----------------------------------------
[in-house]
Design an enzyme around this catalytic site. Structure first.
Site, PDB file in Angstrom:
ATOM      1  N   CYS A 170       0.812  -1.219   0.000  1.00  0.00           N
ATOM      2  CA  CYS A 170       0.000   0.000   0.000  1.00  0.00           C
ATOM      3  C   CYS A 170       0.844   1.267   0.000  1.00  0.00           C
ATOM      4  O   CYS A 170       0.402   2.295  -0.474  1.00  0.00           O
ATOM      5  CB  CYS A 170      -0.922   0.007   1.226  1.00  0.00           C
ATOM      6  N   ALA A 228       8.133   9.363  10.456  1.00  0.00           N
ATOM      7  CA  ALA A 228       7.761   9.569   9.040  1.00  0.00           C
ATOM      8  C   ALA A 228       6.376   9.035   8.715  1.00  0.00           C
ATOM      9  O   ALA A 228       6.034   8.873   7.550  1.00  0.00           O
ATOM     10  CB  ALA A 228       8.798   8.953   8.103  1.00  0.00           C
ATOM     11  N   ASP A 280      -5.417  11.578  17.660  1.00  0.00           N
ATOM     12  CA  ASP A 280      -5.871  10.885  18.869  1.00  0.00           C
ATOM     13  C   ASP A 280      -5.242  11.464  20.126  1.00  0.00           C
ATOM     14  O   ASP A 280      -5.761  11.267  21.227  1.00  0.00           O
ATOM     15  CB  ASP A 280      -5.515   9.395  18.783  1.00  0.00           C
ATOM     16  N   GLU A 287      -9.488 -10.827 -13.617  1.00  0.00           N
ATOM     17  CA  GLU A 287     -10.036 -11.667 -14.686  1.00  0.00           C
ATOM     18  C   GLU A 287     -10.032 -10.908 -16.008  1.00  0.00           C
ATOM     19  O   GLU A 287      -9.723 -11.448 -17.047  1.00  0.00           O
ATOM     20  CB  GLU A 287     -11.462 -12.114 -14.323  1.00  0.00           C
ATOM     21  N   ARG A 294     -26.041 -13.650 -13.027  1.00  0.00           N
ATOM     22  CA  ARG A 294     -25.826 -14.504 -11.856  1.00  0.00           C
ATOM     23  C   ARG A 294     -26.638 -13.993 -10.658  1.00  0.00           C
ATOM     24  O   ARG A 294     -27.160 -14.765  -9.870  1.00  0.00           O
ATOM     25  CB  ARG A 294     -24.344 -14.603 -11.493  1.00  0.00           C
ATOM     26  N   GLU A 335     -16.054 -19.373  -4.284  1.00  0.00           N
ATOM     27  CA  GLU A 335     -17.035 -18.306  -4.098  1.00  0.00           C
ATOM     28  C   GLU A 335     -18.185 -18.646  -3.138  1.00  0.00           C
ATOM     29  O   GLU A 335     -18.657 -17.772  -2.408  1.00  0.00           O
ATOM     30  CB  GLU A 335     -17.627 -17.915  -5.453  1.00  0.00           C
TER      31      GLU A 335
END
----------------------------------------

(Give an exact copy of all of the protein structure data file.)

[in-house]
Design an enzyme around this catalytic site. Structure first.
Site, PDB file in Angstrom:
ATOM      1  N   CYS A 170       0.812  -1.219   0.000  1.00  0.00           N
ATOM      2  CA  CYS A 170       0.000   0.000   0.000  1.00  0.00           C
ATOM      3  C   CYS A 170       0.844   1.267   0.000  1.00  0.00           C
ATOM      4  O   CYS A 170       0.402   2.295  -0.474  1.00  0.00           O
ATOM      5  CB  CYS A 170      -0.922   0.007   1.226  1.00  0.00           C
ATOM      6  N   ALA A 228       8.133   9.363  10.456  1.00  0.00           N
ATOM      7  CA  ALA A 228       7.761   9.569   9.040  1.00  0.00           C
ATOM      8  C   ALA A 228       6.376   9.035   8.715  1.00  0.00           C
ATOM      9  O   ALA A 228       6.034   8.873   7.550  1.00  0.00           O
ATOM     10  CB  ALA A 228       8.798   8.953   8.103  1.00  0.00           C
ATOM     11  N   ASP A 280      -5.417  11.578  17.660  1.00  0.00           N
ATOM     12  CA  ASP A 280      -5.871  10.885  18.869  1.00  0.00           C
ATOM     13  C   ASP A 280      -5.242  11.464  20.126  1.00  0.00           C
ATOM     14  O   ASP A 280      -5.761  11.267  21.227  1.00  0.00           O
ATOM     15  CB  ASP A 280      -5.515   9.395  18.783  1.00  0.00           C
ATOM     16  N   GLU A 287      -9.488 -10.827 -13.617  1.00  0.00           N
ATOM     17  CA  GLU A 287     -10.036 -11.667 -14.686  1.00  0.00           C
ATOM     18  C   GLU A 287     -10.032 -10.908 -16.008  1.00  0.00           C
ATOM     19  O   GLU A 287      -9.723 -11.448 -17.047  1.00  0.00           O
ATOM     20  CB  GLU A 287     -11.462 -12.114 -14.323  1.00  0.00           C
ATOM     21  N   ARG A 294     -26.041 -13.650 -13.027  1.00  0.00           N
ATOM     22  CA  ARG A 294     -25.826 -14.504 -11.856  1.00  0.00           C
ATOM     23  C   ARG A 294     -26.638 -13.993 -10.658  1.00  0.00           C
ATOM     24  O   ARG A 294     -27.160 -14.765  -9.870  1.00  0.00           O
ATOM     25  CB  ARG A 294     -24.344 -14.603 -11.493  1.00  0.00           C
ATOM     26  N   GLU A 335     -16.054 -19.373  -4.284  1.00  0.00           N
ATOM     27  CA  GLU A 335     -17.035 -18.306  -4.098  1.00  0.00           C
ATOM     28  C   GLU A 335     -18.185 -18.646  -3.138  1.00  0.00           C
ATOM     29  O   GLU A 335     -18.657 -17.772  -2.408  1.00  0.00           O
ATOM     30  CB  GLU A 335     -17.627 -17.915  -5.453  1.00  0.00           C
TER      31      GLU A 335
END